Distribution for "joint multi-variate gaussian distribution" (joint MVG):

$$f_{X}(x) = \frac{1}{(2\pi)^{n/2}\prod \limits_{i=0}^{n}\sigma_i} ~~\text{exp}\bigg[-\frac{1}{2} \sum \limits_{i=1}^{n}\Big(\frac{x_i\mu_i}{\sigma_i}\Big)^2 \bigg]\tag{2}$$

Distribution for "multi-variate gaussian distribution" (MVG):

$$f_{\mathbf{x}}(x) = \frac{1}{(2\pi)^{n/2}~|\text{det }C|^{1/2} }~~\text{exp}\bigg[ -\frac{1}{2} (\mathbf{x}-\mathbf{\mu})^T C^{-1} (\mathbf{x}-\mu)\bigg]\tag{1}$$


$[n\times1] ~~~\mathbf{x} \Rightarrow \text{sample vector}$

$[n\times1]~~~\mathbf{\mu} \Rightarrow \text{mean vector}$

$[n\times n]~~~ C \Rightarrow \text{covariance matrix (symmetric positively defined matix)}$

What's the difference between the two?


There's no difference in formula:

Try setting the $C=\text{diag}(\sigma_1^2, \sigma_2^2,\ldots,\sigma_n^2)$ in $(1)$ to see how $(1)$ simplifies to $(2)$. So, your formula $(2)$ is just a special case of $(1)$.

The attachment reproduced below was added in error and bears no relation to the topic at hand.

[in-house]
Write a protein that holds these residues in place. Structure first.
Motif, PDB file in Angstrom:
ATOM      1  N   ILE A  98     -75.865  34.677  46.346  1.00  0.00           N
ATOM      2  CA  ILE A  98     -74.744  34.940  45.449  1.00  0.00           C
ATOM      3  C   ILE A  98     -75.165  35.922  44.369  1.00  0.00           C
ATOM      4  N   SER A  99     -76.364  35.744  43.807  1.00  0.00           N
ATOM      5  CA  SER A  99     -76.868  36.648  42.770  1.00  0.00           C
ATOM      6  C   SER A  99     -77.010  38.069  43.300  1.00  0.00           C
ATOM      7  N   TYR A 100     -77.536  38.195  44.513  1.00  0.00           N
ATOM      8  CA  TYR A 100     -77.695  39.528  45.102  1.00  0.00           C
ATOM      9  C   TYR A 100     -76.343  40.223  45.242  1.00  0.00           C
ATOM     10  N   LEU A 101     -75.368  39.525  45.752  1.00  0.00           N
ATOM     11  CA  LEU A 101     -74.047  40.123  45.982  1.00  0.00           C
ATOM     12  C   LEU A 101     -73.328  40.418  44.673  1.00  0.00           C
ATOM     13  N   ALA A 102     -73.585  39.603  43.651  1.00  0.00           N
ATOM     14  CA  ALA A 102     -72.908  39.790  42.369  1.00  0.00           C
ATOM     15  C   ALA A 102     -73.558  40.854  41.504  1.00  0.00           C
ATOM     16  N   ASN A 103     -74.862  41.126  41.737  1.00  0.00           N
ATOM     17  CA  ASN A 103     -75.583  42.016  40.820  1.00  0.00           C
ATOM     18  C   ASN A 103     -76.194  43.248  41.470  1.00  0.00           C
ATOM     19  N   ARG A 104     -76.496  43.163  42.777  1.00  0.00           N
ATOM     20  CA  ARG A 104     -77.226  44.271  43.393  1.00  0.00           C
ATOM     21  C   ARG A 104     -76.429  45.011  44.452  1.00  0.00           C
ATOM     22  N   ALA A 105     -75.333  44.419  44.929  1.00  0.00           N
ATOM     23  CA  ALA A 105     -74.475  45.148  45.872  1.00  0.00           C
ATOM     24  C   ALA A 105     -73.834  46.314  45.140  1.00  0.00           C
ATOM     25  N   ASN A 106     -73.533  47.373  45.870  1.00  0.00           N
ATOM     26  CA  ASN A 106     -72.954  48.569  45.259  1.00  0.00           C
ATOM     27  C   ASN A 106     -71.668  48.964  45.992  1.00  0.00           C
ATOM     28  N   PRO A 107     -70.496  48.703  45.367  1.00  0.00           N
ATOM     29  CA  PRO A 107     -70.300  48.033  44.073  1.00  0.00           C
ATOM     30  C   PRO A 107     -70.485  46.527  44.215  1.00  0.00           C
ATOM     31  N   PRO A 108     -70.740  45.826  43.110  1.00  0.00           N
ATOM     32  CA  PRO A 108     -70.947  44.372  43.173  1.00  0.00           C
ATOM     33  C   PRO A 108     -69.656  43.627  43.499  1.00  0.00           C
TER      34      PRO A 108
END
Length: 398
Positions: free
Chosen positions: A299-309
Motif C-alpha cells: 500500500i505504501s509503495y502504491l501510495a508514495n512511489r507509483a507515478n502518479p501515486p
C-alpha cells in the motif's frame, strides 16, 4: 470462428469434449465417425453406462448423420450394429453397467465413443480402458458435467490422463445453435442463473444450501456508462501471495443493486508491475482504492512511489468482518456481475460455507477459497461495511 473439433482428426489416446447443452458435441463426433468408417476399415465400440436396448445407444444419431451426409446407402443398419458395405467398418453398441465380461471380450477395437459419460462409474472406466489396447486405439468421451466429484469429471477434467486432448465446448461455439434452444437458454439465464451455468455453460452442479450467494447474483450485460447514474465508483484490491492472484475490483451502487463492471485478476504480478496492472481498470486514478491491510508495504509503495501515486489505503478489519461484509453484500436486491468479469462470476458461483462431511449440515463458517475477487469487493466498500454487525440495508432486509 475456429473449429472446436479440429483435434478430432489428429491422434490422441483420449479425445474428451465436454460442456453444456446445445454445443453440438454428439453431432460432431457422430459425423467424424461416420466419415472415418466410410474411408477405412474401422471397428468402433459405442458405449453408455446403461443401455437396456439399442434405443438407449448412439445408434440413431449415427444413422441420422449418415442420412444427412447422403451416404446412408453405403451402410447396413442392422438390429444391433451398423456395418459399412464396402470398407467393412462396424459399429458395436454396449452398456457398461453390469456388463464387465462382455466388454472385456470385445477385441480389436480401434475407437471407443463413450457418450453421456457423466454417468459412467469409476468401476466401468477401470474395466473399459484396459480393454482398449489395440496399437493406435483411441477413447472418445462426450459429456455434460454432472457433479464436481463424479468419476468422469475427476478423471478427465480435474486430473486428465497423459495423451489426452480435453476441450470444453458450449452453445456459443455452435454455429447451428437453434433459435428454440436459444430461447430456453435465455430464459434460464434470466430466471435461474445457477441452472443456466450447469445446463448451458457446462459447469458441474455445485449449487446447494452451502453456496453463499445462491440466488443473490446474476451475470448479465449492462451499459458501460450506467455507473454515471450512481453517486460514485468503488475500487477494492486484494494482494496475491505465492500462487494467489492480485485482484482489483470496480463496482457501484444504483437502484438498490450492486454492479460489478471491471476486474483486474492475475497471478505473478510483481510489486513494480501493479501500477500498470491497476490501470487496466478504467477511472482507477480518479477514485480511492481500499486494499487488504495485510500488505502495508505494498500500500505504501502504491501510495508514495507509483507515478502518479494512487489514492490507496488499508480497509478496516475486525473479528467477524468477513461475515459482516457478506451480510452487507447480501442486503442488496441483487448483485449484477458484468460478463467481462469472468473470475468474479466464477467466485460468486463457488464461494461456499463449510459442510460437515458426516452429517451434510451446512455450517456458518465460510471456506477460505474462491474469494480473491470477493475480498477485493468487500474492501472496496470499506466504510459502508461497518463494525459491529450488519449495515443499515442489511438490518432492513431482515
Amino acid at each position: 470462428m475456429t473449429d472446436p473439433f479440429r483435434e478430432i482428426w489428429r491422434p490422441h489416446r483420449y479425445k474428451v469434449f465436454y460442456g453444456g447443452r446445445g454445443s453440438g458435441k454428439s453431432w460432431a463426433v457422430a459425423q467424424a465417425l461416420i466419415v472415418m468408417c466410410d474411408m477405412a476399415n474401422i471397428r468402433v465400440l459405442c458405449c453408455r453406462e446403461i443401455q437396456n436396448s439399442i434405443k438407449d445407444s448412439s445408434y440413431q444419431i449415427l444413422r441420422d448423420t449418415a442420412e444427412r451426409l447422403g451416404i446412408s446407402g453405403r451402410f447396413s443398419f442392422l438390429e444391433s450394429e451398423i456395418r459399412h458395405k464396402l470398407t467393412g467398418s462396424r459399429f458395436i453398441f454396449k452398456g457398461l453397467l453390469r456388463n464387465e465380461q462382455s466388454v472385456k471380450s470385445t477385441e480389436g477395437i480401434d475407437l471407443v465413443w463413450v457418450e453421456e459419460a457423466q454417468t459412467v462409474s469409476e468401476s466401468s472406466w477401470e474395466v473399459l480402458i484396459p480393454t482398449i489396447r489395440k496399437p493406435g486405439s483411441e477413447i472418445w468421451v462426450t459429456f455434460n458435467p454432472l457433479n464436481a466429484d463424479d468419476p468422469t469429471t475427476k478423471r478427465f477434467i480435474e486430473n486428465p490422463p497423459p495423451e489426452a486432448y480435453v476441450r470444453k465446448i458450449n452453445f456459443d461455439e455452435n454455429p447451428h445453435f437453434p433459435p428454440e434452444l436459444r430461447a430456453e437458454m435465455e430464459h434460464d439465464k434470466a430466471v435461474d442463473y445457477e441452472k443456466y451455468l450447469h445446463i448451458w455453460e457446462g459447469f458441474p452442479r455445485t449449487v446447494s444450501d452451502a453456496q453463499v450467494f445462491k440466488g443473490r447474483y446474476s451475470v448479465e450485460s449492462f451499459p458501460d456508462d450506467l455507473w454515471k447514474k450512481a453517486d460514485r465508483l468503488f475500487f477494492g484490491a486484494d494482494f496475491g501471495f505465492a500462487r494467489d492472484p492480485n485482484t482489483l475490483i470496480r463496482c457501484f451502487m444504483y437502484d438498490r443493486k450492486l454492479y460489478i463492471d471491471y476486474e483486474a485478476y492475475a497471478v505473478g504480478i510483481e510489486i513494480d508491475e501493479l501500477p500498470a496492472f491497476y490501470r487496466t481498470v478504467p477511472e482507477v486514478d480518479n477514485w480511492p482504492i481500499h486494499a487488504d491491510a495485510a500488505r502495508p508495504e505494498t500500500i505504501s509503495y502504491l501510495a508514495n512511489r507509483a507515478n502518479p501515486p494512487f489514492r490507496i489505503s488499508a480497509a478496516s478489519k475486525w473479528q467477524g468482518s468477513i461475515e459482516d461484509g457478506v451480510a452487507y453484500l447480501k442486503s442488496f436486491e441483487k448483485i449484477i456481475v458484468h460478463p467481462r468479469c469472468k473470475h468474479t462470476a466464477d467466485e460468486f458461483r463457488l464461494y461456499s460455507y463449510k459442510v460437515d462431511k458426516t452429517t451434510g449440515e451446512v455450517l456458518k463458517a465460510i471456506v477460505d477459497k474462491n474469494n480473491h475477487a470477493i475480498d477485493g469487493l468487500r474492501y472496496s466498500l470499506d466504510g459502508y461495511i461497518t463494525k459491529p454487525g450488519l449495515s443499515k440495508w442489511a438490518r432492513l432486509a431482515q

In the diagonal case, the elements of the multivariate distribution are jointly Gaussian, which is much stronger than them all just being Gaussian distributed.

Joint Gaussian distribution has a name of its own (unlike other multivariate distributions with identically distributed elements) because "joint gaussian multivariate random varaible" has the very interesting feature that simple MVG doesn't have: that uncorrelatedness implies independence. This is actually something that makes it useful in communications engineering (because rotation and normalization doesn't change joint gaussianness and doesn't introduce interdependencies between components - so, in an IQ receiver, the noise on I and Q are still independent, even after phase correction, for example).


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